Re: Do the people really have a voice in government?
The American people have a voice to an extent. America is not a true democracy, we are a democratic republic. A true democracy is a system where every single eligible person has to cast their vote (or at least the majority) in order to pass a decision by the government. That's why it worked for the Greek city-states, there were enough people to vote but there wasn't an insane amount. If America was a true democracy then nothing would get accomplished in a timely manner. But that's also why people vote for state propositions, since it really only applies to them (much like a city-state). In order for us to solve things in a timely manner we elect officials with the hope that they'll share the same stance as us, hence why politicians have a platform that they hope will attract the votes of the citizens. Problem with that is that a politician can lie about their stance to get votes, but then they'll get screwed by the legal system and checks and balances. In short, our government runs on a balance of the voters and the voted, with more power shifted towards the voted.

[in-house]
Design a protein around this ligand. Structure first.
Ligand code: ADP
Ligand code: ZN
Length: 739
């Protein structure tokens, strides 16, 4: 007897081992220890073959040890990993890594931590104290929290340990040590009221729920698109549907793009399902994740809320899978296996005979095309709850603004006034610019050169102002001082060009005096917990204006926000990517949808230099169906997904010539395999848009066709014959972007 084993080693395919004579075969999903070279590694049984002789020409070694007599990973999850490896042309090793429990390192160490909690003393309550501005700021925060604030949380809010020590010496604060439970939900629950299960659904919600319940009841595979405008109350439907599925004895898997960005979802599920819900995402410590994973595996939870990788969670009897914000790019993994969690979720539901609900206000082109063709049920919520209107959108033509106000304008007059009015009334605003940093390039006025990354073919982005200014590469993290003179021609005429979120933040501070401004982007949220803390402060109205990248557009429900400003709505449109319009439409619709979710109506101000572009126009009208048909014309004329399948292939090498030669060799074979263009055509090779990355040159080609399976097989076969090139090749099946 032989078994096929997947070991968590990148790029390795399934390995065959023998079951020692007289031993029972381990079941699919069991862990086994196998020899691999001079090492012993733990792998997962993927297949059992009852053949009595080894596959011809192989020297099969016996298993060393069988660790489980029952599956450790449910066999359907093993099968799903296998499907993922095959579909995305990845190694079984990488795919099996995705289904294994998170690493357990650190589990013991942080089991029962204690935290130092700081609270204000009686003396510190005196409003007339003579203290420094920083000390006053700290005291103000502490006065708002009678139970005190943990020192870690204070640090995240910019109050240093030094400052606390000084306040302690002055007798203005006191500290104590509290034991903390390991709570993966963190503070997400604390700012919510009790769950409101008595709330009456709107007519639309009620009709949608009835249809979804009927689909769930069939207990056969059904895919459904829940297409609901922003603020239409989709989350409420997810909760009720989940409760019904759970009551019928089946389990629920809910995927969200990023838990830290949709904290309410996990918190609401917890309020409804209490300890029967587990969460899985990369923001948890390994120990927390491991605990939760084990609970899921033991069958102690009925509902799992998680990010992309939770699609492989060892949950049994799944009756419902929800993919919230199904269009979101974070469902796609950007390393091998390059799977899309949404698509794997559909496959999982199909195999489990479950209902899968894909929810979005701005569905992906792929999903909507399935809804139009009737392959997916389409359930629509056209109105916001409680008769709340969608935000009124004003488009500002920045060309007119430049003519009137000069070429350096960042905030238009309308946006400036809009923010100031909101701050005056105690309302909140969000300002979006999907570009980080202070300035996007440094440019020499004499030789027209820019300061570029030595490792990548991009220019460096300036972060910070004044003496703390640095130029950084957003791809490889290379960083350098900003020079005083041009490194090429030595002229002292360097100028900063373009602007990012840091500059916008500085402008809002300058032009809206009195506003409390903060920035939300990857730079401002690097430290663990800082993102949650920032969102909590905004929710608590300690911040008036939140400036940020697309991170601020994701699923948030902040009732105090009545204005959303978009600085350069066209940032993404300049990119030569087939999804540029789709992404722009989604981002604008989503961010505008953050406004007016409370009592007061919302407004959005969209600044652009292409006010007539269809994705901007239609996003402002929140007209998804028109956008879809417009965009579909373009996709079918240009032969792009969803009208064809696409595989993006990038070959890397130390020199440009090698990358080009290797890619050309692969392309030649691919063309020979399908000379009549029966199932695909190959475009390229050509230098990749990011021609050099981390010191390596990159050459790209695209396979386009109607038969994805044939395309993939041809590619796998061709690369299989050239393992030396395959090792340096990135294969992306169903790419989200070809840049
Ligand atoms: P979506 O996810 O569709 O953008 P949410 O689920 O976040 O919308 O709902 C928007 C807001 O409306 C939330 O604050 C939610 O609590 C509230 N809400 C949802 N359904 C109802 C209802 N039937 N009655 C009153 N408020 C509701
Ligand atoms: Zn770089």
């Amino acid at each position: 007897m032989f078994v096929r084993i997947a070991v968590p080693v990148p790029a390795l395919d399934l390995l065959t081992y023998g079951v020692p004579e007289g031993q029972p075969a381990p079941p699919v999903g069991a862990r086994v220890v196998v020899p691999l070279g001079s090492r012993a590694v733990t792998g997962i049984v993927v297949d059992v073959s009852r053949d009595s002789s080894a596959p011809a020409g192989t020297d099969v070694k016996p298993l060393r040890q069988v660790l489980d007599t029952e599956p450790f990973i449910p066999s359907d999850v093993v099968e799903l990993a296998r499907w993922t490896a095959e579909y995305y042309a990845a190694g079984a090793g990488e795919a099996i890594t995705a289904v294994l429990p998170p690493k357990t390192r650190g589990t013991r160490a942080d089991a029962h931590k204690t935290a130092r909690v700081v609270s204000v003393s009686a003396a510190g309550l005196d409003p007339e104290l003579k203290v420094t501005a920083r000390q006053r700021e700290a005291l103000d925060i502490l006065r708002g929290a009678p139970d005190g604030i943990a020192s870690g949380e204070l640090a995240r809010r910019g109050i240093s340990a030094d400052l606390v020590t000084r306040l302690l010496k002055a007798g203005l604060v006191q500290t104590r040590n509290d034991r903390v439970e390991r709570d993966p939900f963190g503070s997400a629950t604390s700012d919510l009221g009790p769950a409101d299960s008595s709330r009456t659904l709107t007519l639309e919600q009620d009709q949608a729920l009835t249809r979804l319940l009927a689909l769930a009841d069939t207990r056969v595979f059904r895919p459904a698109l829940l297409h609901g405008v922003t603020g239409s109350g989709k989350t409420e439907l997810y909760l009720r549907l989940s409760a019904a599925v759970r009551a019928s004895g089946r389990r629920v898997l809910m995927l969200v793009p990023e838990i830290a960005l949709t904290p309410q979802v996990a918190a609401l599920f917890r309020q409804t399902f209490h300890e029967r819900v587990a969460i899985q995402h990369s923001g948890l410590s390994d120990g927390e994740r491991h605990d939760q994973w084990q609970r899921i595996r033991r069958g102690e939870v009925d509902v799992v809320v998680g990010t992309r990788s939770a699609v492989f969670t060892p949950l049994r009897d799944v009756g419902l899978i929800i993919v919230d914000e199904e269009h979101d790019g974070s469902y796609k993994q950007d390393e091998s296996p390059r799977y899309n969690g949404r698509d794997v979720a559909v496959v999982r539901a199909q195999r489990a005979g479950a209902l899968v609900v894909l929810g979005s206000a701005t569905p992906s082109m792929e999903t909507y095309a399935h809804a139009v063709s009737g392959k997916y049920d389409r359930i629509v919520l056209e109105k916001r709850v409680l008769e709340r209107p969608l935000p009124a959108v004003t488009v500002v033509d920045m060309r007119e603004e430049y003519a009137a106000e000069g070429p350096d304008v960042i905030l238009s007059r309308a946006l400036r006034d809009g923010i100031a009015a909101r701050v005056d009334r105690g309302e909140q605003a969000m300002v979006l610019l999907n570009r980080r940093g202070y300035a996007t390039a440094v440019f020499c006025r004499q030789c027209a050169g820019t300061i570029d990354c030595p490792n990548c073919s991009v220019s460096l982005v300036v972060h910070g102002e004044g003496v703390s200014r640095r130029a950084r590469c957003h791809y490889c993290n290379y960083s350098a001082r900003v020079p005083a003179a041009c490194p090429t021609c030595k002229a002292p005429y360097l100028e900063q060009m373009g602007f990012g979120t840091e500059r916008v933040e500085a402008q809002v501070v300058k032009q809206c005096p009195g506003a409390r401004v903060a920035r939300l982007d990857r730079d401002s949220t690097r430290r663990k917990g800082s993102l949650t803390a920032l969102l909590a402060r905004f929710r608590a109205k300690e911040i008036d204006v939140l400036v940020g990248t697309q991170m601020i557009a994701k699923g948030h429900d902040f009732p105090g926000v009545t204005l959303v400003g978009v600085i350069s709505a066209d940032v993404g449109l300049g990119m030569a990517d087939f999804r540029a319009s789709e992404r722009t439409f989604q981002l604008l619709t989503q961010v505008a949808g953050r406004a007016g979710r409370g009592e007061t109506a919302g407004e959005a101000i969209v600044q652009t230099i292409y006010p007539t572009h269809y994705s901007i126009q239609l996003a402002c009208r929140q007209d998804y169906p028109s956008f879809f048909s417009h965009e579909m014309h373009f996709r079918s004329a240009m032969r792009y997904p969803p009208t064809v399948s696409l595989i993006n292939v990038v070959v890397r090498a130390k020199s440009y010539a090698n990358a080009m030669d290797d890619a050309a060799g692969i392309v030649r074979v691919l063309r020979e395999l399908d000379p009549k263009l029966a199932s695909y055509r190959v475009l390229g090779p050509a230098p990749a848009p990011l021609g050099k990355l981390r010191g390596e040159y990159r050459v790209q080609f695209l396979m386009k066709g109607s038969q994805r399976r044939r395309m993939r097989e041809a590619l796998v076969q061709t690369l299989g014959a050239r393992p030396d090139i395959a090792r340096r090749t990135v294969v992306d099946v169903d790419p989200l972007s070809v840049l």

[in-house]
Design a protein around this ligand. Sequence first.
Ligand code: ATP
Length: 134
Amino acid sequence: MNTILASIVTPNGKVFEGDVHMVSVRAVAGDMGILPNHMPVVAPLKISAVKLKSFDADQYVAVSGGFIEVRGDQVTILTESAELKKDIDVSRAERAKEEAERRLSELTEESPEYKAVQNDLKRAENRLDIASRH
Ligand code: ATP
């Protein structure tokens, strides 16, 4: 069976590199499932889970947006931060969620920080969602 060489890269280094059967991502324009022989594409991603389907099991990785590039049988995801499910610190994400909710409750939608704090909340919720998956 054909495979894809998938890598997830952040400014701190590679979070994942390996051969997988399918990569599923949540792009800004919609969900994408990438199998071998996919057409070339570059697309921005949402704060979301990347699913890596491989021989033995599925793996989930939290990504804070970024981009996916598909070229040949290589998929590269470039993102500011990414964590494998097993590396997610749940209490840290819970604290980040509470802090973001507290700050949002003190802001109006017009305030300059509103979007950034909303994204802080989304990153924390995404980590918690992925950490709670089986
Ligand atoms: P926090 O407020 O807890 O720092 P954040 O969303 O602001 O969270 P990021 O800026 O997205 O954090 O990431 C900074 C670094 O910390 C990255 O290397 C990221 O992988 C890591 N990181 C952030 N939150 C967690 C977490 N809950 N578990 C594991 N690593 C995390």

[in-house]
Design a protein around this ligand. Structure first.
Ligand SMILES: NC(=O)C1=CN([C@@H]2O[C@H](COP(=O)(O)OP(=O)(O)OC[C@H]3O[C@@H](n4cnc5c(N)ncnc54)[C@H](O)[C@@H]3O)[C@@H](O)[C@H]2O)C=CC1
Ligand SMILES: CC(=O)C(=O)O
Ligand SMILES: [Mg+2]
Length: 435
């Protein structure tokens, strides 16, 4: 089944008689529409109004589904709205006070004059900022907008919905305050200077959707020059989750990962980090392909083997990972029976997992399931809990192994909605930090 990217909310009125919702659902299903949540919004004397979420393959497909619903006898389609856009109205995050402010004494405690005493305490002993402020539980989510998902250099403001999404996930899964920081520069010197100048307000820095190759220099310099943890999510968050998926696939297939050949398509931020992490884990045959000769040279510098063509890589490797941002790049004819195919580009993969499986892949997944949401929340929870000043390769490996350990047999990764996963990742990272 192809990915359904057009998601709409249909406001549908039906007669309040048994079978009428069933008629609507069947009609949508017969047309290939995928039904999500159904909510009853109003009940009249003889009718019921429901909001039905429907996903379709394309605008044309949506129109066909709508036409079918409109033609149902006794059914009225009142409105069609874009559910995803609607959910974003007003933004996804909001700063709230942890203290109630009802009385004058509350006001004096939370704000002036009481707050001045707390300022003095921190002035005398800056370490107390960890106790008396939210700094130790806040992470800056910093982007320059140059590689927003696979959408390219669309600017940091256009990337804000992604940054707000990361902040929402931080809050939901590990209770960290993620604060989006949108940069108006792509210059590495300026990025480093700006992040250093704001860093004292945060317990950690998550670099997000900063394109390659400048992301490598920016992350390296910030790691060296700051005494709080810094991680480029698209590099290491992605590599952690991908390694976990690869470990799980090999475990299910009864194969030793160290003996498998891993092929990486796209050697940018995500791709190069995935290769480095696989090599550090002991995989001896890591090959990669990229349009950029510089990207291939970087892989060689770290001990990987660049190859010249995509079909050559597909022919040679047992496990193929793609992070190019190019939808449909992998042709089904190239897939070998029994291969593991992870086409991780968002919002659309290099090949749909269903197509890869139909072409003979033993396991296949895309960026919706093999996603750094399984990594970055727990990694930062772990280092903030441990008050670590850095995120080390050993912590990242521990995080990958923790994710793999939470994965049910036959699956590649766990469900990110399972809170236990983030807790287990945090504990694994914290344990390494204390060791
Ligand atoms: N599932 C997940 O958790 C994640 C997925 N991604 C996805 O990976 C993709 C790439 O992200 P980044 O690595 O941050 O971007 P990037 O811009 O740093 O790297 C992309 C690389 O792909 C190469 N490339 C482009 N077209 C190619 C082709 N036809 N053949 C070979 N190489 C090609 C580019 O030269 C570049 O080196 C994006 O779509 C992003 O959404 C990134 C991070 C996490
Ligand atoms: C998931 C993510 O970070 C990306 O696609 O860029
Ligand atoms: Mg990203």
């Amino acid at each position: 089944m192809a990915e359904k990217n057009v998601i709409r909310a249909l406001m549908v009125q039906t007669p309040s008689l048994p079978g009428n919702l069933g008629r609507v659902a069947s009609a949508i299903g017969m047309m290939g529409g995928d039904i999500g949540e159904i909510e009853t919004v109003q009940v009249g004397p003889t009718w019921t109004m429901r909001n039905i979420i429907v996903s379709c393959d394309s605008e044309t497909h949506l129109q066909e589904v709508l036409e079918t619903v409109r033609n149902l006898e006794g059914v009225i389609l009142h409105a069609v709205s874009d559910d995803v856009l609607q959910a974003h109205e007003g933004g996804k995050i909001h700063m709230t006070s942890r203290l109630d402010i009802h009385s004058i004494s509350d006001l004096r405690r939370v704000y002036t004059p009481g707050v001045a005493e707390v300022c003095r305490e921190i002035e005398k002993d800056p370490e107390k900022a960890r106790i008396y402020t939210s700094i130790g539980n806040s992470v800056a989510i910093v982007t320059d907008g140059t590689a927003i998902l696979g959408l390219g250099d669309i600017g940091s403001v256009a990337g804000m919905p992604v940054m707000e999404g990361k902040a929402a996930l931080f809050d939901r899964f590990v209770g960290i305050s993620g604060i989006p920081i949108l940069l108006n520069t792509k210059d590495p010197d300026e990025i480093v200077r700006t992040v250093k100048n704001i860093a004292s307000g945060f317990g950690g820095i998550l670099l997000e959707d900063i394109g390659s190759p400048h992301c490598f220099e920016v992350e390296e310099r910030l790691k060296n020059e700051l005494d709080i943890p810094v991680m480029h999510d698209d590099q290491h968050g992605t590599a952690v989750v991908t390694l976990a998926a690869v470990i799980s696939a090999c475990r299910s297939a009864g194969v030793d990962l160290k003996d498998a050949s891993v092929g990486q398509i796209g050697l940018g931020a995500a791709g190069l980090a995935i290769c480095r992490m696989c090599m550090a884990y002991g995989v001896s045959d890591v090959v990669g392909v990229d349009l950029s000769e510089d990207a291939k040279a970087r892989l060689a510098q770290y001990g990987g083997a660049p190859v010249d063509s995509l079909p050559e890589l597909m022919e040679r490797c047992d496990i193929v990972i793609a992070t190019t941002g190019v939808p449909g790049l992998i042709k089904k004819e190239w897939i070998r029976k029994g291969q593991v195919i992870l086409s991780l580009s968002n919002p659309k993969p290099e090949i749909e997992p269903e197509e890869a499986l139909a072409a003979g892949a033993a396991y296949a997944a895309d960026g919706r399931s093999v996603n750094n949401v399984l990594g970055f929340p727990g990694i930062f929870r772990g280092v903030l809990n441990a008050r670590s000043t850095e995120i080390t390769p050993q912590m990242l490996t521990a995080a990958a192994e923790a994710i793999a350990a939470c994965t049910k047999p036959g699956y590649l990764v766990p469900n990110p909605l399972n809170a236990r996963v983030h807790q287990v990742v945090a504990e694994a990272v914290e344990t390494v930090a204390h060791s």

Also, 9/11 wasn't staged by the government. Yes, they had intel that an attack would be coming, but the attack was not scheduled for some weeks later, hence why it was a surprise attack. Also, Bush is a dumbass and as such he failed to set up any preventive measures. So the attack is partially Bush's lack of action, but the responsibility is all on al-Qaeda. The President does not declare war, he has to ask Congress to, and Congress authorized the attack on Afghanistan and then the invasion on Iraq. It's still war, though. Bush isn't going to do anything by the end of his term because there isn't enough time for it to pass through Congress, and also because right now Congress is mostly anti-Bush, so they'd veto anything he proposes.